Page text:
(no subject)

Date: 2017-07-12 08:49 pm (UTC)
jesse_the_k: Knitted red heart pulses larger within green and blue square (Beating heart of love GIF)
From: [personal profile] jesse_the_k
nothing needs fixing. You have feelings, you've vented appropriately, and you've learned more about yourself. (My mantra: thoughts are not facts.)

(no subject)

Date: 2017-07-12 02:46 pm (UTC)
momentsmusicaux: (Default)
From: [personal profile] momentsmusicaux
On a more practical note, are there any cosmetic fixes you can do on the cheap?

Back when I had not much money, and suffered from chronic fatigue, I very very slowly stripped my house of woodchip -- we're talking several months to do a single room. I also discovered that if you use matt paint, you can stop and start walls and it doesn't show, so I painted rooms doing a couple of widths of wallpaper at a time. Same goes for wallpaper, come to think of it - if you stick a plastic bag over the bucket of paste it keeps for several days.

(no subject)

Date: 2017-07-12 06:36 pm (UTC)
samanderson: (Wonder Woman)
From: [personal profile] samanderson
I would say it's a perfectly understandable reaction considering your situation

(no subject)

Date: 2017-07-13 05:18 am (UTC)
lilysea: Tree hugger (Tree hugger)
From: [personal profile] lilysea
I remember when I was living in a horrible flat

- up a very steep flight of stairs that made my knees hurt badly;
- rusty shaky stair handrails;
- wet mossy slippery steps;
- peeling paint inside the house;
- dusty old carpet that never seemed clean
- always cold inside, especially the toilet
- near a noisy major road;
- with shouty angry downstairs neighbours that were constantly setting off my PTSD

I was invited to have dinner at a friends house.

Their house was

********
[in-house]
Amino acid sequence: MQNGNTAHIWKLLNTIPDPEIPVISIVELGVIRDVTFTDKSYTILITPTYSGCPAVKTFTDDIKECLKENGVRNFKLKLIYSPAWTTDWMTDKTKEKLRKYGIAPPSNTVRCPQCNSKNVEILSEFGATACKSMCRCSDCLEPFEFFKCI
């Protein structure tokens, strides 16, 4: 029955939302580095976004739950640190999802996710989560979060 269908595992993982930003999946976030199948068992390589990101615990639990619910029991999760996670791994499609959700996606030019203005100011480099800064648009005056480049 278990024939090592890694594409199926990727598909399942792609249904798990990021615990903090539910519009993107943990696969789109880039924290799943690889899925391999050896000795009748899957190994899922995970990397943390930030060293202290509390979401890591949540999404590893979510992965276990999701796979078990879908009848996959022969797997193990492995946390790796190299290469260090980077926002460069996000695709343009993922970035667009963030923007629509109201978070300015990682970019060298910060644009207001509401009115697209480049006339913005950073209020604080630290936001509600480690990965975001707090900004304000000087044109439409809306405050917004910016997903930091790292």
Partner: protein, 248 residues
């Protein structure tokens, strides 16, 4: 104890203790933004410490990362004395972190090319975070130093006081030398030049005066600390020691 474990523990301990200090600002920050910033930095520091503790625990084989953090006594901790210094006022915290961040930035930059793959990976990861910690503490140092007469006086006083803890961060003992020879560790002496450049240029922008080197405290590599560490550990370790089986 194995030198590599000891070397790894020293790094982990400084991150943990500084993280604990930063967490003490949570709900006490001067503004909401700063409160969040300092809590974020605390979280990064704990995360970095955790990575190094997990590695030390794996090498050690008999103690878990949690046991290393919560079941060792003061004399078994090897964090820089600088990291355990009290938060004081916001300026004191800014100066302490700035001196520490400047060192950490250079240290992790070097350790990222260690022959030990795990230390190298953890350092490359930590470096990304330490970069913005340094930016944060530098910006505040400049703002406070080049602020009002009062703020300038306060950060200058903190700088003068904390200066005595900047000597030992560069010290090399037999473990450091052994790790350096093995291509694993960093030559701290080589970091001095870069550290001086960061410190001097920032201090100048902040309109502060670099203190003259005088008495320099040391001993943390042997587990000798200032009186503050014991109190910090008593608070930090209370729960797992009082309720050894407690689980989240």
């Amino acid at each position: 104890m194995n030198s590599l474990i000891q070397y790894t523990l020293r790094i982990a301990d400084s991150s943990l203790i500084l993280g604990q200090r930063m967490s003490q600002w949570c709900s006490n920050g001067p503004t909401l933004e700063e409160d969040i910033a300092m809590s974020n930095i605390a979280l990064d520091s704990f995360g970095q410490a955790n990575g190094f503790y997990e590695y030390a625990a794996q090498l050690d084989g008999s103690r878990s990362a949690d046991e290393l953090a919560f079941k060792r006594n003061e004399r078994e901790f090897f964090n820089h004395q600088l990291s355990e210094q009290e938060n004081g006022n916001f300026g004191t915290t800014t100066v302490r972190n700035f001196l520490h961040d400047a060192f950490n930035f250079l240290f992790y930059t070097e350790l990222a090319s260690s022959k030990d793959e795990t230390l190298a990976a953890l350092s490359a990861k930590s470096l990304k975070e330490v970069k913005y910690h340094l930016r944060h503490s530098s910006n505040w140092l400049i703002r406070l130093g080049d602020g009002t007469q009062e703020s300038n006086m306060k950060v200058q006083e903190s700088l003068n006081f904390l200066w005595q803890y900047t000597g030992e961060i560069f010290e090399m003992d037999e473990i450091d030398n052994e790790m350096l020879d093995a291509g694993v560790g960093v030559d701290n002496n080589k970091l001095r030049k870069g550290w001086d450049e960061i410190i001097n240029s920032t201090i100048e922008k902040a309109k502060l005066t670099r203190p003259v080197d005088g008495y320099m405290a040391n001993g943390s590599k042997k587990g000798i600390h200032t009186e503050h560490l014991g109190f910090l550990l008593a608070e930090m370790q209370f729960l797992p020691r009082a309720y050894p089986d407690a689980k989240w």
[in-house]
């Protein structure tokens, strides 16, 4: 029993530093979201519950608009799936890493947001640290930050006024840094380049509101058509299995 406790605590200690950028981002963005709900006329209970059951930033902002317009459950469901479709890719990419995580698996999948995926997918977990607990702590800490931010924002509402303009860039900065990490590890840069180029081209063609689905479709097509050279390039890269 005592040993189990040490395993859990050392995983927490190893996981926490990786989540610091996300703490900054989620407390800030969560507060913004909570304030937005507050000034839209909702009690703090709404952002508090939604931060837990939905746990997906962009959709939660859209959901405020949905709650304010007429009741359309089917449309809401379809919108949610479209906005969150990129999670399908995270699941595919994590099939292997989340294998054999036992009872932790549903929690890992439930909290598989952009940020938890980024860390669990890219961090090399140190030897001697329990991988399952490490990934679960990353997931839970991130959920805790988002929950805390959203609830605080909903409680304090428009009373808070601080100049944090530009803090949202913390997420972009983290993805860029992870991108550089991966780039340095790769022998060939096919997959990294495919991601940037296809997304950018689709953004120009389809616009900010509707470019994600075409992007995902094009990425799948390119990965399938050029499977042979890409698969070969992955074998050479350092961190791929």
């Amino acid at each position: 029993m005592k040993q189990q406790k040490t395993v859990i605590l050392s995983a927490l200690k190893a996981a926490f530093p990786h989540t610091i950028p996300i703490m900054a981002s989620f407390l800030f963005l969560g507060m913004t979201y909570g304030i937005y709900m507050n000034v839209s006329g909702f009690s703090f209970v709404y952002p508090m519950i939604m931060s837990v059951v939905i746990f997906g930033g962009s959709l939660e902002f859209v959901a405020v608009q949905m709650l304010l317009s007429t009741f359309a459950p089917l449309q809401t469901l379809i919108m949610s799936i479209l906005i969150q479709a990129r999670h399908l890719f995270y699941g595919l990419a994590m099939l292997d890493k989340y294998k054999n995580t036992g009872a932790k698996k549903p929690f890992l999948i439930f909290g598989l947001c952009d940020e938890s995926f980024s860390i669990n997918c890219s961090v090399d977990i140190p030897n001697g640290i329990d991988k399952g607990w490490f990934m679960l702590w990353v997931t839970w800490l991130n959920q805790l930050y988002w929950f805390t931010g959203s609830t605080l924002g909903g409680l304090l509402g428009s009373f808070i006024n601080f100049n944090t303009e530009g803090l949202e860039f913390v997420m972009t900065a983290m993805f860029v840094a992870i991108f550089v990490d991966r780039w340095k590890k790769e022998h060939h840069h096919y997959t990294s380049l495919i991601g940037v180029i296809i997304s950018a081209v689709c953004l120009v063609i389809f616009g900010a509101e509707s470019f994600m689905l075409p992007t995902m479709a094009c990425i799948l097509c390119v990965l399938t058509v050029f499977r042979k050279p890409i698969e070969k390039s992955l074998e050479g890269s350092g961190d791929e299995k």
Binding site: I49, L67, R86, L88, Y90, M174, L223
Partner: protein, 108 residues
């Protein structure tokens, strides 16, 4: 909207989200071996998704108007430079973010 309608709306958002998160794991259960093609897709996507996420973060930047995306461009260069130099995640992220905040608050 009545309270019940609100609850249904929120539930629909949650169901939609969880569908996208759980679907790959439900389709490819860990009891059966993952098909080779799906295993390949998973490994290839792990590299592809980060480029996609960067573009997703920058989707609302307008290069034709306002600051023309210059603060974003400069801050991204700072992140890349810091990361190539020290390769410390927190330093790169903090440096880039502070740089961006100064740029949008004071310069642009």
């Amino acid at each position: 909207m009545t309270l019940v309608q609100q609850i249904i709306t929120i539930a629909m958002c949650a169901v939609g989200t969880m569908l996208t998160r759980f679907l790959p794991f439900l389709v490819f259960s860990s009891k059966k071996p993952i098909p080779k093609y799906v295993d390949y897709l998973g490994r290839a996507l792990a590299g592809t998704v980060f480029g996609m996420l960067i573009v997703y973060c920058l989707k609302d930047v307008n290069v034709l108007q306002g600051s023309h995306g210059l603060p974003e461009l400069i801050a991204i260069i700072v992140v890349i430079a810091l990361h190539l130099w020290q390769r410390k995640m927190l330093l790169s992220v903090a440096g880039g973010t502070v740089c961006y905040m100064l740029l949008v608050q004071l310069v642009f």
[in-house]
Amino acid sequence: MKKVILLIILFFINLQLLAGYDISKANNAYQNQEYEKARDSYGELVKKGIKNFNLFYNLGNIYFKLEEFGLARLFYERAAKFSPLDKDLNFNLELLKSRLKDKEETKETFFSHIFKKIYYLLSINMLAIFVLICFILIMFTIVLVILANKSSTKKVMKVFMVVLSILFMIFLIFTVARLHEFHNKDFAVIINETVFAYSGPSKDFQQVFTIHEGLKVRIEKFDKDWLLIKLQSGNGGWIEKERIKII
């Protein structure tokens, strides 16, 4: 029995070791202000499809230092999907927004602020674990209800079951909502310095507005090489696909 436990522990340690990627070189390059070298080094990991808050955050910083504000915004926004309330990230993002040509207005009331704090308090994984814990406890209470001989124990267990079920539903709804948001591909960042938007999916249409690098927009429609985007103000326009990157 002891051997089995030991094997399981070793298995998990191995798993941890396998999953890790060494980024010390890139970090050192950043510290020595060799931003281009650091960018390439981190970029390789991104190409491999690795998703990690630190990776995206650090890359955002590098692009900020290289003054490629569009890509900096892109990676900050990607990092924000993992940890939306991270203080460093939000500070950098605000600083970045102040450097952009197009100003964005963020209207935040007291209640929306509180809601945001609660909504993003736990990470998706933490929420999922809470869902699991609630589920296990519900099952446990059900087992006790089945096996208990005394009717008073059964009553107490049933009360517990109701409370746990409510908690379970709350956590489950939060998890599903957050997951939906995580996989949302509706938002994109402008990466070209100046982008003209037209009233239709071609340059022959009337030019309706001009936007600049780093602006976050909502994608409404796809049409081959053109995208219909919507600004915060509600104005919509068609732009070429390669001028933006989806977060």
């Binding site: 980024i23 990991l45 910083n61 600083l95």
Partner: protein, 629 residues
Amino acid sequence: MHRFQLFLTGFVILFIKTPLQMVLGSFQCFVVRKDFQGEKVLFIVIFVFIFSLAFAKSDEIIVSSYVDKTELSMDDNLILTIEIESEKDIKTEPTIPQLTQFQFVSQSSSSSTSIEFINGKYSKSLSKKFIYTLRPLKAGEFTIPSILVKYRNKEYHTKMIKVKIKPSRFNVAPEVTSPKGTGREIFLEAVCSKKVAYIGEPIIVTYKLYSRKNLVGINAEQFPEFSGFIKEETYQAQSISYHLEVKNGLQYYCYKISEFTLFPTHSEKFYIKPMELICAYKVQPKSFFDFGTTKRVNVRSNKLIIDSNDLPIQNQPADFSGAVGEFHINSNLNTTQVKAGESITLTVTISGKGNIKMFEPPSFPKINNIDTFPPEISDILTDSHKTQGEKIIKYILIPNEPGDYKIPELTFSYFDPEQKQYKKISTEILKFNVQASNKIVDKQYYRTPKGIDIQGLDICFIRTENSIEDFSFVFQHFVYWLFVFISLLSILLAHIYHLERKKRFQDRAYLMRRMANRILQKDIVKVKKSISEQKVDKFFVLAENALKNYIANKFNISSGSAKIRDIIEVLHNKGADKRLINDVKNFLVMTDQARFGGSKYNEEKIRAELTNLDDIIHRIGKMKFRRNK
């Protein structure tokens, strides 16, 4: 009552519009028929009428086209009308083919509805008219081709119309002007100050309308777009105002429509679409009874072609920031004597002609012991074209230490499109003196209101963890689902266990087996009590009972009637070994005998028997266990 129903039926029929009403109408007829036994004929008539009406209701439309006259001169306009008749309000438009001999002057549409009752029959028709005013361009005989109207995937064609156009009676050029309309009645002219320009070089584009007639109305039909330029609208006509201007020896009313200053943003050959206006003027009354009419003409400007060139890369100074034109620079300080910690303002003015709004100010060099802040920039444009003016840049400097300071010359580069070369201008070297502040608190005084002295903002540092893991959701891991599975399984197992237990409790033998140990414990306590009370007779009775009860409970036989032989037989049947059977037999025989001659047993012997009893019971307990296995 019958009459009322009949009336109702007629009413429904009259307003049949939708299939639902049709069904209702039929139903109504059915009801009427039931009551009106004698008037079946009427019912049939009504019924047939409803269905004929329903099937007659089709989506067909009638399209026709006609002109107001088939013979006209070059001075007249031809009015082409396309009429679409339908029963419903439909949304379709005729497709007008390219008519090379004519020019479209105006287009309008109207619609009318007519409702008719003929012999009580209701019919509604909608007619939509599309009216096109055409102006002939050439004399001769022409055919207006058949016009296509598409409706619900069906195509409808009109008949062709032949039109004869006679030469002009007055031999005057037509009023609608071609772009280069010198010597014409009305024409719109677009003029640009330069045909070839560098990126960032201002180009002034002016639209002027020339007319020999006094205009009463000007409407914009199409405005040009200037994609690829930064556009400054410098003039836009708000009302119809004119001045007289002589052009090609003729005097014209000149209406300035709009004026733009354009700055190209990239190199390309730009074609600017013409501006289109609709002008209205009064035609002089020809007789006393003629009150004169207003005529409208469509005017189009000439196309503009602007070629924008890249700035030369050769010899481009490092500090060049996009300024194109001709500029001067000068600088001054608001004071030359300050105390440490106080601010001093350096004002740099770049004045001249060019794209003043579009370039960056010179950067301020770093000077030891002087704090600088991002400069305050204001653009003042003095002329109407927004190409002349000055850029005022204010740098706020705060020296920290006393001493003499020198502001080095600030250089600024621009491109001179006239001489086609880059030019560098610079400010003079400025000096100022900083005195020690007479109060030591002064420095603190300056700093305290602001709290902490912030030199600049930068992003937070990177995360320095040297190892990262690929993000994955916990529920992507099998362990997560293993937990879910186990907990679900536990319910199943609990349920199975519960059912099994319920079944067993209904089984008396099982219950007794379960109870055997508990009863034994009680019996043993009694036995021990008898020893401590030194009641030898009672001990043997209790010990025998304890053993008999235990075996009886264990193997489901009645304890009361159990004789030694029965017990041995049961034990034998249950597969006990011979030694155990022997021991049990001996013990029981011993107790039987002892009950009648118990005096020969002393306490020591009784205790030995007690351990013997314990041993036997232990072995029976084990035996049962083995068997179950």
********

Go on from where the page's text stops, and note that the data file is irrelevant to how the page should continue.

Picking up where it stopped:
- no stairs
- in a quiet tree lined street
- close by restaurants, cafe and shops
- custom-made built-in bookshelves,
- beautiful wooden floorboards,
- floor-to-ceiling glass windows across an entire wall
- high ceilings
- charming back garden
- a massive SPA in their bathroom.

And I felt so sad, and so envious.

It's GENUINELY HARD when you want something that other people have, and you can't have it -

whether that's a living space that makes you happy

or a relationship when you're single

or having physical/mental energy when you're really sick/exhausted and everyone tells you about their holidays or hobbies or overseas trips or bushwalking

or a child when you're infertile.

It doesn't make anyone a bad person for feeling these feelings. These feelings are normal.

It's only a problem if you're mean to the person who has [thing that you want].

<3 <3 <3
Edited (extra detail) Date: 2017-07-13 05:20 am (UTC)

(no subject)

Date: 2017-07-15 06:54 am (UTC)
norfolkian: Holtzmann from Ghostbusters licking a gun (Default)
From: [personal profile] norfolkian
I get envious of other people too sometimes. And then I feel really guilty because I realise that I am in an enviable position compared with a lot of people.

(no subject)

Date: 2017-07-17 08:40 pm (UTC)
diffrentcolours: (Default)
From: [personal profile] diffrentcolours
FWIW, you weren't an asshole. It's OK to be envious and feel the things you do about lack of control and so on - I know what it's like to have those feels. The fact that you wrote this post demonstrates that you can separate being happy for friends from your other feelings.

Part of the reason we're happy to have this place is that it's a nice space for our friends to come and visit and hang out in, and you are always welcome.


hollymath: (Default)